Phoenix native Caylan Moore matched into a psychiatry residency at Yale University, his top choice.
“It felt surreal,” he said of opening the envelope and learning where he’d spend the next few years of his training. “As a first-year medical student with impostor syndrome, I never thought that was a program I could be at. It took a lot of mentors, friends and family telling me I should go after my dreams.”
He says Yale’s program appealed to him for its commitment to Black trainees.
“They graduate the most Black psychiatry residents outside of an HBCU,” he said. “I needed to be somewhere where I could see myself reflected, where I felt supported by people who understand what I’m going through as we navigate this difficult journey of residency. It’s going to make a difference and let me really thrive.”
He says he’s been passionate about mental health for years, and knew from “day one” that he wanted to practice psychiatry.
“Mental health is not talked about enough, especially in my community. People really need to know that it’s OK not to be OK,” he said. “I’m hoping I can be a voice to show we don’t have to have the stigma that we have associated with mental health.”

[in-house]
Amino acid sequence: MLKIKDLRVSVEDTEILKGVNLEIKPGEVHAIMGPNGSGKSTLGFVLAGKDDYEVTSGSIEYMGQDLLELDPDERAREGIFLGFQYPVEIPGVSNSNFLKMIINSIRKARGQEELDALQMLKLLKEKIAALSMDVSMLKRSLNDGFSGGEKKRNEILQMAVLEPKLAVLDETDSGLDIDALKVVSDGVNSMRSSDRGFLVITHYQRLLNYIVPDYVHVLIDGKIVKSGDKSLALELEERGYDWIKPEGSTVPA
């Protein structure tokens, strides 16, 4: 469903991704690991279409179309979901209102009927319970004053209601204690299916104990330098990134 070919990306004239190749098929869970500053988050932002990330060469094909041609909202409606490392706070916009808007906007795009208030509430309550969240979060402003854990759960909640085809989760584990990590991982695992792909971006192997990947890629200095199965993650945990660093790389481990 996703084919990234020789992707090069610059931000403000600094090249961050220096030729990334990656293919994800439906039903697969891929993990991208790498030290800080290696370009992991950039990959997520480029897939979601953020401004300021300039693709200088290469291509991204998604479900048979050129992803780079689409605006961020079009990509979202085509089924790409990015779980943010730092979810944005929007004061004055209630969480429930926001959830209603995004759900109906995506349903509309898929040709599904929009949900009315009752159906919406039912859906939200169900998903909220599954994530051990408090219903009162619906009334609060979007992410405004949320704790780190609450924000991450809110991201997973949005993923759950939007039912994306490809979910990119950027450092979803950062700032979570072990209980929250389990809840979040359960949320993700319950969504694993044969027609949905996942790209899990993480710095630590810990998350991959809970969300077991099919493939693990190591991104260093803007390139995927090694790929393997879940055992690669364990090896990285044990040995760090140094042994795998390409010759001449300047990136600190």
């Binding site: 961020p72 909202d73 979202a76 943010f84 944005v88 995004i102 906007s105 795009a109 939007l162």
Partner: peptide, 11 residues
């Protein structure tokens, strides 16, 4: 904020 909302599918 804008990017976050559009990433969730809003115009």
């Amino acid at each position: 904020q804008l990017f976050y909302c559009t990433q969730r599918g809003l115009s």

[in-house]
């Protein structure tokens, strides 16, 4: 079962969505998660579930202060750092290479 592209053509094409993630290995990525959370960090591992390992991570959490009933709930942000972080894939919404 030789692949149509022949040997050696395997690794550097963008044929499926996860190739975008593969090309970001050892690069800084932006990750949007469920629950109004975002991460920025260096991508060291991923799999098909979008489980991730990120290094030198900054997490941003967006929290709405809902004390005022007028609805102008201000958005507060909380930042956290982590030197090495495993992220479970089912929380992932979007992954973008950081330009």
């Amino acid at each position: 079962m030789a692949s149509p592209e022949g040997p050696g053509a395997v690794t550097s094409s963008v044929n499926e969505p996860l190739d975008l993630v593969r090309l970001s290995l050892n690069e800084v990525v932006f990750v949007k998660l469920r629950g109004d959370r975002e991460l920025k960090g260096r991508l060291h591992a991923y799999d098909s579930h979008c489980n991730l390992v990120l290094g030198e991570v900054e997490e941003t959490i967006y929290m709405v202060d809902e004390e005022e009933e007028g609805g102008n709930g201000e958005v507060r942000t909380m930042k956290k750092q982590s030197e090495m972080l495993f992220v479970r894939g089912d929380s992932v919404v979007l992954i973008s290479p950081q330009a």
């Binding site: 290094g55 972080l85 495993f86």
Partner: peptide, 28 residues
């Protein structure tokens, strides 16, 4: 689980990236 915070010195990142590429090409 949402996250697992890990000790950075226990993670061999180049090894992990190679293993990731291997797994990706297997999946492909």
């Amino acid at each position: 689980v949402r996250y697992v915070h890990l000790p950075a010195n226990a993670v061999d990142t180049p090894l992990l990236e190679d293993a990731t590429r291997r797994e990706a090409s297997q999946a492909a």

For the first time in his life, he’ll be living outside of Arizona.
“I am nervous about moving to the cold, but I’m excited to do something new, to grow,” he said. “It’s going to be a great opportunity to learn.”
Because he is a recipient of the Primary Care Physician Scholarship, he’ll be returning to Arizona when his training in Connecticut is complete, and hopes to open a clinic in Phoenix to work with patients from marginalized backgrounds.